|Data presented as (%) or mean ± SD (standard deviation). identifies where frequency is <166, as information was not documented. EnV: enterovirus, HSV: herpes simplex virus.|
A single reviewer (Layli Sanaee) determined patient eligibility and collected the data. While there is a potential for error in the identification of eligible patients, our inclusion and exclusion criteria were defined a priori which minimized the risk of selection bias. Further, the virology laboratory was able to provide a definitive list of all CSF samples with positive PCR during the study period for patients at the study hospitals. This group of patients would be virtually free of any misclassification or selection bias. Given that our subgroup analysis of only these patients provided consistent results with all patients, we do not believe that the magnitude of any potential error in identification of patients is large or more likely for either the HSV group or the EnV group.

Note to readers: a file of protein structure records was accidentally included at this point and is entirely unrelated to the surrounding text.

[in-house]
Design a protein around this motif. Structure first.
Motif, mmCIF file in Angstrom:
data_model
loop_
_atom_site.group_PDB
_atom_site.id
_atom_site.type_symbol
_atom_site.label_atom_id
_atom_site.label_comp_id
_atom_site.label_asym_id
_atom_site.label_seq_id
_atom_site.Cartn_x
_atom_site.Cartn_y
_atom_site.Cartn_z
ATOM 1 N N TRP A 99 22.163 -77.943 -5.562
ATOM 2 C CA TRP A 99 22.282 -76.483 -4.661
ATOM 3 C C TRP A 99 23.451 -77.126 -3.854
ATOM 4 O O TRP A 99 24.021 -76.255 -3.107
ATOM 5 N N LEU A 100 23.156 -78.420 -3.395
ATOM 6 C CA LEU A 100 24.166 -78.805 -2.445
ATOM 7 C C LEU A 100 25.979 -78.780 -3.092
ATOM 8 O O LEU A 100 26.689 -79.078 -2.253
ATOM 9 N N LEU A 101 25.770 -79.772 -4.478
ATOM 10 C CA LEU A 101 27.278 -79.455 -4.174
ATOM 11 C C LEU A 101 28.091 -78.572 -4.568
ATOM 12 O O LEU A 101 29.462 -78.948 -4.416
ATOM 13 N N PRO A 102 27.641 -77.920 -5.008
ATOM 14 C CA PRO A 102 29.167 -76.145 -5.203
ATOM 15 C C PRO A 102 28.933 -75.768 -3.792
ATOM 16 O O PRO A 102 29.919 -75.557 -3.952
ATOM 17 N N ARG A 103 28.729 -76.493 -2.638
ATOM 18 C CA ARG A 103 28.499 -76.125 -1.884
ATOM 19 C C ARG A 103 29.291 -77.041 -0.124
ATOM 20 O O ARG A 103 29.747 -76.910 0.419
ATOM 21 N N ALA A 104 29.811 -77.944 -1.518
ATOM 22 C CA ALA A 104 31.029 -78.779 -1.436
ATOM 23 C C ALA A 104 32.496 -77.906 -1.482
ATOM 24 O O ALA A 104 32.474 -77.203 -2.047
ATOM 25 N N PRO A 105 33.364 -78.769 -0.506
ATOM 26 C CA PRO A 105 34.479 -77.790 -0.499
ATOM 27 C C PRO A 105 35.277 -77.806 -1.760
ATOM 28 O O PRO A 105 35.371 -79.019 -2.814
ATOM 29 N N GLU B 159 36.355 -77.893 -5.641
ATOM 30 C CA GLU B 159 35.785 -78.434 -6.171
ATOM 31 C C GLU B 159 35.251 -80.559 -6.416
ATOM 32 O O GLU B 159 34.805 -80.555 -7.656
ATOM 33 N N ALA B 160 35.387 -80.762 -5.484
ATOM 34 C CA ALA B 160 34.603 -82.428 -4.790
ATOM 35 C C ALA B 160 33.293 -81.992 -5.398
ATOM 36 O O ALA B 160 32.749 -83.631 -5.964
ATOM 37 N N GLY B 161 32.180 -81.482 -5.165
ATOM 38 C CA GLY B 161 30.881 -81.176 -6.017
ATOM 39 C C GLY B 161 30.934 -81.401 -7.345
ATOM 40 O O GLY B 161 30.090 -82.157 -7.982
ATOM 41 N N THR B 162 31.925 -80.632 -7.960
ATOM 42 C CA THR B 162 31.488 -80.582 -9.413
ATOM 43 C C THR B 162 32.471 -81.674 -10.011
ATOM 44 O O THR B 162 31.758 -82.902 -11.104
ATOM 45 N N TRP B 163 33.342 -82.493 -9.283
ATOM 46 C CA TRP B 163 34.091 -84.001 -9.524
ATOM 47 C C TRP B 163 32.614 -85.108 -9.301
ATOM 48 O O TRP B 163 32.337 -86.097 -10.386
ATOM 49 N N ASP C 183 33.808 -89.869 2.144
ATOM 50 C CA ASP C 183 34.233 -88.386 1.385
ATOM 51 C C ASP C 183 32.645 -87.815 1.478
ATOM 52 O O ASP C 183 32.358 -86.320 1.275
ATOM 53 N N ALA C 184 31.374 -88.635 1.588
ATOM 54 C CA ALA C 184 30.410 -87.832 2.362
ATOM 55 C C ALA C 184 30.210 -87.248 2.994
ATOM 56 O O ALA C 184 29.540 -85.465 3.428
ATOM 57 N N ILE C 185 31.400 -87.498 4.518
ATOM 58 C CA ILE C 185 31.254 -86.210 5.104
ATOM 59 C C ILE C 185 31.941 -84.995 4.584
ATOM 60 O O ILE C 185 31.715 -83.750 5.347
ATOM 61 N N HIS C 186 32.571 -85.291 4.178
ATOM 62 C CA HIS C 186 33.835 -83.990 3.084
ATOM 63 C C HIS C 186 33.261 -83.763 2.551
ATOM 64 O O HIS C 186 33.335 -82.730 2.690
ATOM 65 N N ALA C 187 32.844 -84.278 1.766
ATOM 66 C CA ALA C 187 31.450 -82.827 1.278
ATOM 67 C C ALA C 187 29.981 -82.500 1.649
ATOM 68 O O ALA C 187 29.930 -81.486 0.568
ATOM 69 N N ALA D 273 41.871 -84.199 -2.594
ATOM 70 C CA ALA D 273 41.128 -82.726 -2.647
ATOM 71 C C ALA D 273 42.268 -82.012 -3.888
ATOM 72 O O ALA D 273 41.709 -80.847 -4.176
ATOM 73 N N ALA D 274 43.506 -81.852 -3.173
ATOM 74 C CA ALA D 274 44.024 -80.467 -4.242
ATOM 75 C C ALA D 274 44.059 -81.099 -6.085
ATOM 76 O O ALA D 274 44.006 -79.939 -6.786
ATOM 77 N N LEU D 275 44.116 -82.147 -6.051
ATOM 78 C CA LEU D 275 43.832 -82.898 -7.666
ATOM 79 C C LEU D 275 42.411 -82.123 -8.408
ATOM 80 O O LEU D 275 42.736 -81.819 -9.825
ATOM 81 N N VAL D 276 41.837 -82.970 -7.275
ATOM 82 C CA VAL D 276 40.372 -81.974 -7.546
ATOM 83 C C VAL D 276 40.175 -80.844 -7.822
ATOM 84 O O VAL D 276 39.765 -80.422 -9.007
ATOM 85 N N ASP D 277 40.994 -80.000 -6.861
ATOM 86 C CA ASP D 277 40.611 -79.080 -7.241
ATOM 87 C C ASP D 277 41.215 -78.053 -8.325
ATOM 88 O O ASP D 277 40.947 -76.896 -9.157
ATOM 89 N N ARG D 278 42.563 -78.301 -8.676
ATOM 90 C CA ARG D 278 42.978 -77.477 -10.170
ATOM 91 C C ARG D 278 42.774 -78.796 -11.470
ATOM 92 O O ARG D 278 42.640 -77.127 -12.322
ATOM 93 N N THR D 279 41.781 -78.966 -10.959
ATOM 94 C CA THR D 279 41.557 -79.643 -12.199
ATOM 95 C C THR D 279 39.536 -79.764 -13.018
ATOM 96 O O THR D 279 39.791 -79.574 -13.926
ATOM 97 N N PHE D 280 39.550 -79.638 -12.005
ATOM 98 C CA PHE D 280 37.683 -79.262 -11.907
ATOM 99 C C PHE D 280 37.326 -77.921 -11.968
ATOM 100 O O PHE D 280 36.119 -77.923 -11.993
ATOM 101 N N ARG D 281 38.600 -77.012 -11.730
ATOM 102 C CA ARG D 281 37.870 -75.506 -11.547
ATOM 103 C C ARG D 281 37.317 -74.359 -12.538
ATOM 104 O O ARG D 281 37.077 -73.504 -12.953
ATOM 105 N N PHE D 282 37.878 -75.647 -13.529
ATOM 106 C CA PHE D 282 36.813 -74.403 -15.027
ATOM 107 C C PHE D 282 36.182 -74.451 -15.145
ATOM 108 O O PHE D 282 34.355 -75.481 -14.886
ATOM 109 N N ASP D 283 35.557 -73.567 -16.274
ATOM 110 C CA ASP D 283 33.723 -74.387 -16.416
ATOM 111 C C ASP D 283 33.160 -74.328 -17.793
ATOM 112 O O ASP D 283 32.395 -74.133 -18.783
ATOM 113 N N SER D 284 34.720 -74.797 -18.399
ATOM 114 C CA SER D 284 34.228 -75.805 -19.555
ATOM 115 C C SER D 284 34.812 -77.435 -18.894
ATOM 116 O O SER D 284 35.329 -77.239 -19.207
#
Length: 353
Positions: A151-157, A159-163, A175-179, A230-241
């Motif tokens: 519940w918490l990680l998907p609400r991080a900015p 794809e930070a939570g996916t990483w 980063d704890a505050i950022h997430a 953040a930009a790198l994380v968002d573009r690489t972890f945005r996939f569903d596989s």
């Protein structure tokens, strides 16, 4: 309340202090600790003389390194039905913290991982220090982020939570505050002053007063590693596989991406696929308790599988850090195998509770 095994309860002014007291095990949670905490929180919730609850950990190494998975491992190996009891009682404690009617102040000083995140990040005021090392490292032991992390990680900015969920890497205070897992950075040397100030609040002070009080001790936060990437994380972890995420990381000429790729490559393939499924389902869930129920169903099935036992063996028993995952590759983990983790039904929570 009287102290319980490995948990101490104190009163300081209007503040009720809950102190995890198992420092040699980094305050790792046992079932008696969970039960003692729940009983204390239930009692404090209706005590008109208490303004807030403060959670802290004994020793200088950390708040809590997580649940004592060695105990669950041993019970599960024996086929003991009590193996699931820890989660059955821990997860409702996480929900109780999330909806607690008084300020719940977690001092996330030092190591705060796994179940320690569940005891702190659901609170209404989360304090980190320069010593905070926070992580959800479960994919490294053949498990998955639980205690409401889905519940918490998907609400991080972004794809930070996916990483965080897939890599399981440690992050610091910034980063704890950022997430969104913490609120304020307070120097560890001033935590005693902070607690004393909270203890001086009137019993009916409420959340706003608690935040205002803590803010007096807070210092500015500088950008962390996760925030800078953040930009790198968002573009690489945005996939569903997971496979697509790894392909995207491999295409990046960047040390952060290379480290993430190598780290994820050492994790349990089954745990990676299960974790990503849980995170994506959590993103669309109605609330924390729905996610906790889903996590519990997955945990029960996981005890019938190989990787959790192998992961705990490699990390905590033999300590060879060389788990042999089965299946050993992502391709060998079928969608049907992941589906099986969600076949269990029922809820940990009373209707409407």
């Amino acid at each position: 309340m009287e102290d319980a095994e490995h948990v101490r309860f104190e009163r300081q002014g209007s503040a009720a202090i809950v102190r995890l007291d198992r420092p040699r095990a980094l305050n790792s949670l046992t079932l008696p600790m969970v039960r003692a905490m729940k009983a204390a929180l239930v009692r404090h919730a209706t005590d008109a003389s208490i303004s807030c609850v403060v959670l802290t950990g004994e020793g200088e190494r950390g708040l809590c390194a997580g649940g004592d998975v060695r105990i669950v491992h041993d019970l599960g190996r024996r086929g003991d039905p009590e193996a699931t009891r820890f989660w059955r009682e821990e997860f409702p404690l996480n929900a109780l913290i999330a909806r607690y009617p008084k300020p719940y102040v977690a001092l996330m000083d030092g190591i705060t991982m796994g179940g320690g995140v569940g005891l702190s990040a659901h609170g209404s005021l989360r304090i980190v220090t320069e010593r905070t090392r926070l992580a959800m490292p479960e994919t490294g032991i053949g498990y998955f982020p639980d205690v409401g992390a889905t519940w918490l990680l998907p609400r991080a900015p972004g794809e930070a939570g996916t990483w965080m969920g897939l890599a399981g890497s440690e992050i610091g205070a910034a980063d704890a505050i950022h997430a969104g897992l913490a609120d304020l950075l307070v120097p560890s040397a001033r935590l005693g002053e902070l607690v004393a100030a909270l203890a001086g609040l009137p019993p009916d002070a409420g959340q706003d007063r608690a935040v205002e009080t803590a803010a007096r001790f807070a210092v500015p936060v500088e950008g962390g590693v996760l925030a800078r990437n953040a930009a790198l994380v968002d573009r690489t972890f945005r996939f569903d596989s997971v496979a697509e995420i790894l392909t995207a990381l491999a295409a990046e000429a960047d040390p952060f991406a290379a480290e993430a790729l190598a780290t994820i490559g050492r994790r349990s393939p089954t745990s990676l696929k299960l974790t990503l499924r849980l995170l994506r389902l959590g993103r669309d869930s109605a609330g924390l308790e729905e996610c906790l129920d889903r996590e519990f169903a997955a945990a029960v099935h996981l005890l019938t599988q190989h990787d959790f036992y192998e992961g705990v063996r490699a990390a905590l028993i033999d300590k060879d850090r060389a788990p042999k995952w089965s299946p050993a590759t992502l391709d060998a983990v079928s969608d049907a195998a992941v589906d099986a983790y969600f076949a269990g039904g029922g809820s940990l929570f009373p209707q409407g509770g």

There is a potential for misclassification of historical or physical exam findings. We attempted to minimize this by only collecting clinical features that were deemed to be both potentially important and known to be consistently recorded. Complete information was obtained for the vast majority of patients with just 6.0% missing variables in the CSF analysis and 6.6% missing clinical data. For most variables, if we could not clearly determine that they were assessed, they were left as missing. The only exceptions to this were seizure, rash, neurological deficit, and headache. For these few clinical findings, if they were not explicitly stated in the patient record, they were deemed to be not present. These findings are reliably recorded for patients with meningitis that we do not believe that misclassification is likely. In the case of headache, it was present in 94.8%, which minimizes the impact of any potential misclassification. If there was any misclassification, we believe it to be nondifferential and would in fact lead to an underestimation in the clinical differences between HSV and EnV cases.